From the TUC

Pride in the union: Standing together for LGBT workers’ rights

01 Jul 2014, By

I was proud to be part of the TUC team supporting Pride in London on Saturday, talking with many marchers about the work trade unions do in fighting for LGBT rights at work.

One young man’s story stuck with me in particular. He told me how he had been kicked out of his family home after coming out as gay. He moved to London to look for work, found a room to rent and got a job working in a nightclub. He is currently on only £5.00 an hour – less than the adult minimum wage – and finding it impossible. With no family to support him, but rent and bills to pay, he tried to get by by borrowing money from payday lenders. Now £6,000 in debt and with little to show for it, he’s very worried about the future and how he will survive.

Pride also coincides with the TUC’s annual LGBT Conference, which gives a voice to equality issues facing LGBT people in the workplace and beyond. His story reminded me of a conference speech given by SERTUC LGBT network secretary (and young Unite member) David Sharkey.

David told conference about the ways many young LGBT people end up in vulnerable employment. New to the labour market and sometimes less confident in life, they often try to go into jobs where they feel safer expressing their sexuality. This means that many end up in sectors like hospitality and retail, which are notoriously bad sectors for low pay and vulnerable employment contracts like zero hours. The young man I met at Pride was far from alone in his vulnerable situation.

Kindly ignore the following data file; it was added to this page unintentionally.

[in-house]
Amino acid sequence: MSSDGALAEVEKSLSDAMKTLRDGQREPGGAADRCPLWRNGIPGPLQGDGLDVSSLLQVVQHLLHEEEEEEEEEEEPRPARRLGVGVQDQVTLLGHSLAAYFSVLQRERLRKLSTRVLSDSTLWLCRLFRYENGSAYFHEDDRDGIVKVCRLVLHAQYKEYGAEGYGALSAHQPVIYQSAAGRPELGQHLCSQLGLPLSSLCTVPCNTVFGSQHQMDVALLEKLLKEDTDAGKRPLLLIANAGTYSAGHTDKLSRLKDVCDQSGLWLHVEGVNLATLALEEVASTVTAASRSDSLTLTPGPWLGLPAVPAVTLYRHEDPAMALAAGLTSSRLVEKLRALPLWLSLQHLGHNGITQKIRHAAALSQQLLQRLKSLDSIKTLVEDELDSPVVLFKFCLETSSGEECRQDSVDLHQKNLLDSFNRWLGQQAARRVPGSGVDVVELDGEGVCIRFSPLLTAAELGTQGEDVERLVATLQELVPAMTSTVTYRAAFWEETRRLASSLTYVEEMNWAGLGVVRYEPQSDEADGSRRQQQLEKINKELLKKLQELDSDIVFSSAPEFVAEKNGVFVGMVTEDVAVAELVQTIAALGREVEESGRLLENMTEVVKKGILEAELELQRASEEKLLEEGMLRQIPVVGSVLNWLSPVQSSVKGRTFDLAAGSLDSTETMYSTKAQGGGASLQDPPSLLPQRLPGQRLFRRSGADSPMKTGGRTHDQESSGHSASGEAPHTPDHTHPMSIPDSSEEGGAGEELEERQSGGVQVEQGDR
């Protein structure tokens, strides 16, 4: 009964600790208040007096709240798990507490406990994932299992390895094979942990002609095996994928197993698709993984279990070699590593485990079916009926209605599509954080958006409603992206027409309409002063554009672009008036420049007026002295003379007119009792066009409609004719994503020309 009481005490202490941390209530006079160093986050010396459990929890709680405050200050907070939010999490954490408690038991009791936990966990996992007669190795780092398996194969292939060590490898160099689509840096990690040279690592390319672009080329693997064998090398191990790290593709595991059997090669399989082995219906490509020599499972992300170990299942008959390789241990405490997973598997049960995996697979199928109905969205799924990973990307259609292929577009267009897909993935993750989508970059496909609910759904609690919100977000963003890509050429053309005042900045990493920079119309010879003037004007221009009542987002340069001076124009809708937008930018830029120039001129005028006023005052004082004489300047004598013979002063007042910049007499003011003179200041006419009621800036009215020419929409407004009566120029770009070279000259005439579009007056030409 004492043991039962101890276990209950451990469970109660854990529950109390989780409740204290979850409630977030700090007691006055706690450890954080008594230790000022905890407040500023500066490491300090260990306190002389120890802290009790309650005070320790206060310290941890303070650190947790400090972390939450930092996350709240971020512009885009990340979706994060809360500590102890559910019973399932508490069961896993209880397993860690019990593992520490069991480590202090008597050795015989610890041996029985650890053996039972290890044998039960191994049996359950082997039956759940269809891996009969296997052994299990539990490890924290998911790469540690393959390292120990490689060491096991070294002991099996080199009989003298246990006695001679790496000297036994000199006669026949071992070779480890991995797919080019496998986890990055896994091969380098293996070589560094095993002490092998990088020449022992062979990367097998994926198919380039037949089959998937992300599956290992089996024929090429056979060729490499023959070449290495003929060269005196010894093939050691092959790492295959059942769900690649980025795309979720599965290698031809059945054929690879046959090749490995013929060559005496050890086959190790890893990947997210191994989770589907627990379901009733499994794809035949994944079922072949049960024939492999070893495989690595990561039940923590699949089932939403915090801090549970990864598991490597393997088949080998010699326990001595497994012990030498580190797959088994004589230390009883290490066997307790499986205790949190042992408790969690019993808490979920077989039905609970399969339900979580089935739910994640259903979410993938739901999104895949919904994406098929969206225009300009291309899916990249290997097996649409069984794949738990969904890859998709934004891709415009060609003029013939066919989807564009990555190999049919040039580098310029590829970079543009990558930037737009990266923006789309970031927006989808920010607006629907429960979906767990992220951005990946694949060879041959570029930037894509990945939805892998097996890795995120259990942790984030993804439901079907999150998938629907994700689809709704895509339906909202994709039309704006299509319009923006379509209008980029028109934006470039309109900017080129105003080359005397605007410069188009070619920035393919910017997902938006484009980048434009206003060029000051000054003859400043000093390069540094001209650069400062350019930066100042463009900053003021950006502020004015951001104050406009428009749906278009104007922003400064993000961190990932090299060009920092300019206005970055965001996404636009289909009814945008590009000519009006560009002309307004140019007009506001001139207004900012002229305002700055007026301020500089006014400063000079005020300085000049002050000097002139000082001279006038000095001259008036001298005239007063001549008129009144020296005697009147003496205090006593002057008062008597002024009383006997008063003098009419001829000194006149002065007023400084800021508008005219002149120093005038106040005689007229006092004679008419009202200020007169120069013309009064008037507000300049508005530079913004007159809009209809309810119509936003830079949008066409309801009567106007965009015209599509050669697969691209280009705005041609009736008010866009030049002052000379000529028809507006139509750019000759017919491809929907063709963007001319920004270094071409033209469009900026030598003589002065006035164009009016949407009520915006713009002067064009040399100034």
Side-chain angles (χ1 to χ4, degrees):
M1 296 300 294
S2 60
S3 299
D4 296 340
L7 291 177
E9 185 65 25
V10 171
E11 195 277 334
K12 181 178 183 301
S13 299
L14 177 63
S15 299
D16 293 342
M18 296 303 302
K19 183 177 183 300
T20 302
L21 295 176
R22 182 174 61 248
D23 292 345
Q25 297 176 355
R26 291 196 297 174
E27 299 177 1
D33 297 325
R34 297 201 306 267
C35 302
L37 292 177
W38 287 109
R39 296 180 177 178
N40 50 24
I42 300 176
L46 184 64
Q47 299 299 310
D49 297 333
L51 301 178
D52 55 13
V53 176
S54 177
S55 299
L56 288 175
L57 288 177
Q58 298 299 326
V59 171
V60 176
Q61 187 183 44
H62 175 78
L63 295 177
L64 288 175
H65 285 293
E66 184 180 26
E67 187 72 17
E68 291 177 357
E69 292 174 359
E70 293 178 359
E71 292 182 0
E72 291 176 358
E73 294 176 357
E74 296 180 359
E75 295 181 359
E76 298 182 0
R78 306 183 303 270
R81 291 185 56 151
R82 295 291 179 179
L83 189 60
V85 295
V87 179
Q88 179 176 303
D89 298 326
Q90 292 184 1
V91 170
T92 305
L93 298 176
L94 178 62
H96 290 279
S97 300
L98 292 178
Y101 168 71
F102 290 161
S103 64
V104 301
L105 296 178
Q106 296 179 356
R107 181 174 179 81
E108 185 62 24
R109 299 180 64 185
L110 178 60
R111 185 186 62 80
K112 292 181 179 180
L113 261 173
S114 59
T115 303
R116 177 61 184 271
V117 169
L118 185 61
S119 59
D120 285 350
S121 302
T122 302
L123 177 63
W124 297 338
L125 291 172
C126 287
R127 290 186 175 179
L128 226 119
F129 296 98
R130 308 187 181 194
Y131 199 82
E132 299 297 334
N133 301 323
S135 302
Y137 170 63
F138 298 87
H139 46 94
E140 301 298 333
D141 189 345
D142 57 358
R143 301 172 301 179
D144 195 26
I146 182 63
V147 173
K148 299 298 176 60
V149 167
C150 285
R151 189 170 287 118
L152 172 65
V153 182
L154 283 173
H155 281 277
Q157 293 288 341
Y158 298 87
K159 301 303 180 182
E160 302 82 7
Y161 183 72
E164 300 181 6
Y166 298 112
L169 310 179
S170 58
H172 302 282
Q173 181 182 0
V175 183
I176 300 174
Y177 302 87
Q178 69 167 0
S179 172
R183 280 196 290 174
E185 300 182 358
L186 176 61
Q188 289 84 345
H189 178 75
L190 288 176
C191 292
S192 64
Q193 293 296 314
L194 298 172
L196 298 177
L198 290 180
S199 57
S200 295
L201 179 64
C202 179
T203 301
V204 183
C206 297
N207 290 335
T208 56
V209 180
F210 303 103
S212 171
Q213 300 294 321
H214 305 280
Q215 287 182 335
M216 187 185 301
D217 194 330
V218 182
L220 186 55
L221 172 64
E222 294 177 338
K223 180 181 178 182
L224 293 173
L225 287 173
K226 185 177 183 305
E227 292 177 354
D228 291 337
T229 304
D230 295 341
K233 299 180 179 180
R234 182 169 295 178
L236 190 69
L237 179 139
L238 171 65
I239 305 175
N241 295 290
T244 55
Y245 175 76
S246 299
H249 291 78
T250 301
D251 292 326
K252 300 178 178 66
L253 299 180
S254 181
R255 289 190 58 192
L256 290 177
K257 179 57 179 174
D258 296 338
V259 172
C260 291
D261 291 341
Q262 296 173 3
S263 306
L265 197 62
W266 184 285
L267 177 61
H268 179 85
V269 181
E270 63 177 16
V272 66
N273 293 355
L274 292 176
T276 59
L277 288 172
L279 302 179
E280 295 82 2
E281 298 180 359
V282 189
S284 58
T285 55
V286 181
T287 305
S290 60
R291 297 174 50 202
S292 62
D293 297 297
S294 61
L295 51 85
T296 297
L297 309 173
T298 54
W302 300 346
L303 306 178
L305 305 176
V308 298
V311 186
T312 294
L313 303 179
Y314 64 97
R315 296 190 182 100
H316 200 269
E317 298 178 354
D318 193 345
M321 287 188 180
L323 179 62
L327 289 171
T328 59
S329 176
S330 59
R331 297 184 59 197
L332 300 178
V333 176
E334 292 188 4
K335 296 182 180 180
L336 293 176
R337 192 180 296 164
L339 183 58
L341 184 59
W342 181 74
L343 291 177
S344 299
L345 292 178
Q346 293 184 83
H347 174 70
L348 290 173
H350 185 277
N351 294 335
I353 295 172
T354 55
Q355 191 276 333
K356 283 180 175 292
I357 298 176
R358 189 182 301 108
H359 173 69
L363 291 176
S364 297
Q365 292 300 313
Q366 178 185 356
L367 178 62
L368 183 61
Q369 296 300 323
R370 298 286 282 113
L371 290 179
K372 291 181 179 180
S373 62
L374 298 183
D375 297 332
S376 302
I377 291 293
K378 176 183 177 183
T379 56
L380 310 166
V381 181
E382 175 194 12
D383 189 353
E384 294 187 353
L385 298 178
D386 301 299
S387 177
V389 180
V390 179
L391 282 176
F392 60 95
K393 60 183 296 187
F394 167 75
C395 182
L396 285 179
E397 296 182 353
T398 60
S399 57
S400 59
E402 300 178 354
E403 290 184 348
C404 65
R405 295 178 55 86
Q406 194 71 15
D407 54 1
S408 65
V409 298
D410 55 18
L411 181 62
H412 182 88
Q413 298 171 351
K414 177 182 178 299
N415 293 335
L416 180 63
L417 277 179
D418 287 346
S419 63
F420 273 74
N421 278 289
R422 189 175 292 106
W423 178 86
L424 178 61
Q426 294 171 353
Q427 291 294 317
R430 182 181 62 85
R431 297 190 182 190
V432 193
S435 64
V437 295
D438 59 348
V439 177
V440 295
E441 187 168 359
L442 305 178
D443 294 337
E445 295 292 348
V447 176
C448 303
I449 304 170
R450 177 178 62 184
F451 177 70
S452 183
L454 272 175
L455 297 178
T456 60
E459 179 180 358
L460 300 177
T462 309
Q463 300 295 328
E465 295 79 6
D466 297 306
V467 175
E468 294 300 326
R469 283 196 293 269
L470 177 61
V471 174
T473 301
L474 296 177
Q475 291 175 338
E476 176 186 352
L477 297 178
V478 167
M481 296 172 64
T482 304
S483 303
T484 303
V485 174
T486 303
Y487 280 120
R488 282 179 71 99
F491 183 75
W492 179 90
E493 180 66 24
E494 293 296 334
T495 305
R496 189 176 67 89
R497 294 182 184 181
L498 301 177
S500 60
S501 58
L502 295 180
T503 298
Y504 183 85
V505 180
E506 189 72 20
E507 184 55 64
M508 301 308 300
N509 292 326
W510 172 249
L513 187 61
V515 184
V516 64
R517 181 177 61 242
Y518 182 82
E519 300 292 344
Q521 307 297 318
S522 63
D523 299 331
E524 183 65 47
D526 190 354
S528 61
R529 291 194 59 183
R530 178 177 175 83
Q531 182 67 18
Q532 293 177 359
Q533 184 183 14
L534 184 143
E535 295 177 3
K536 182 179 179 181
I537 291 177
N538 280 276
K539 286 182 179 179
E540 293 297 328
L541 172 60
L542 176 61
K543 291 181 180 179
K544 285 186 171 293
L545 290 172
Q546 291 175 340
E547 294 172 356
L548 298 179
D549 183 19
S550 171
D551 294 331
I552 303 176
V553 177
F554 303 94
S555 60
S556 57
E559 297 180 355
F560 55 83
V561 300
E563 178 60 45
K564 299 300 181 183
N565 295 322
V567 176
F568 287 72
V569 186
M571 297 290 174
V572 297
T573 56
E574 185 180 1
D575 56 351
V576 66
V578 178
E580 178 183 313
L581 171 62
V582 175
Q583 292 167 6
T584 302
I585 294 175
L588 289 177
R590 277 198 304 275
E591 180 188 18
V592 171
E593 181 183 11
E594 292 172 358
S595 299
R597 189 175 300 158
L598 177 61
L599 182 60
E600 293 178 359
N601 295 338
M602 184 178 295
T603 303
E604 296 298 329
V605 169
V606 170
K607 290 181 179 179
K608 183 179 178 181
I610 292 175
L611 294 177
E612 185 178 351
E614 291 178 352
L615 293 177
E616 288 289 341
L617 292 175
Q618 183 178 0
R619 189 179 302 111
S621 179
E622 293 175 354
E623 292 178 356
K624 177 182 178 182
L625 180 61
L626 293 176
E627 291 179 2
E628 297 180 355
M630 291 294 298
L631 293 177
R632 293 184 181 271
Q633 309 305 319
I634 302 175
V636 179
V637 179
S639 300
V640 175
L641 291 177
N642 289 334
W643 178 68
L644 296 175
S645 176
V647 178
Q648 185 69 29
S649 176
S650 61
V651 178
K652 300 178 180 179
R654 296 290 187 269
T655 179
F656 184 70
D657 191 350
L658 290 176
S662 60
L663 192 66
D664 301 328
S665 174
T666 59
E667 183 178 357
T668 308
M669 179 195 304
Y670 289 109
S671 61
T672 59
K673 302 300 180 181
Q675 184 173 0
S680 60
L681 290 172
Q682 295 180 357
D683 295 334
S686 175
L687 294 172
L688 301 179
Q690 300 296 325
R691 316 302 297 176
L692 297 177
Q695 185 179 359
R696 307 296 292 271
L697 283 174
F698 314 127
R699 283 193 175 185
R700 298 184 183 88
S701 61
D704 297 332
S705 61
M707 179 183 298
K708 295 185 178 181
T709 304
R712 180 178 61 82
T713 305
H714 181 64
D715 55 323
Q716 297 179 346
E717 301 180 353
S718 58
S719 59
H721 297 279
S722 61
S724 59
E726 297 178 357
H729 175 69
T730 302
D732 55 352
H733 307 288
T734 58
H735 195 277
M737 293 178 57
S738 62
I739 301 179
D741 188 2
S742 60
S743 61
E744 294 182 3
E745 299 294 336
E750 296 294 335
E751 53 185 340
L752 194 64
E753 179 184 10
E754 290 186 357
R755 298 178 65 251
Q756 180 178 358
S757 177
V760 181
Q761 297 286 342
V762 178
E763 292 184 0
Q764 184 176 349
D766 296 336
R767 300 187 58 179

Trade unions play an important role in helping LGBT workers to feel more comfortable coming out in the workplace and to challenge employers to pay the living wage and put an end to insecure contracts. With solidarity and the support of the wider movement we can make a positive difference to the rights of LGBT workers.

A record 30,000 people took part in Saturday’s Pride, This year’s theme was #freedomto

I know what the trade union message would be…

#freedomto not be discriminated against because of sexuality

#freedomto to enjoy equal rights and dignity at work

#freedomto join a union, gain protection and enforce your rights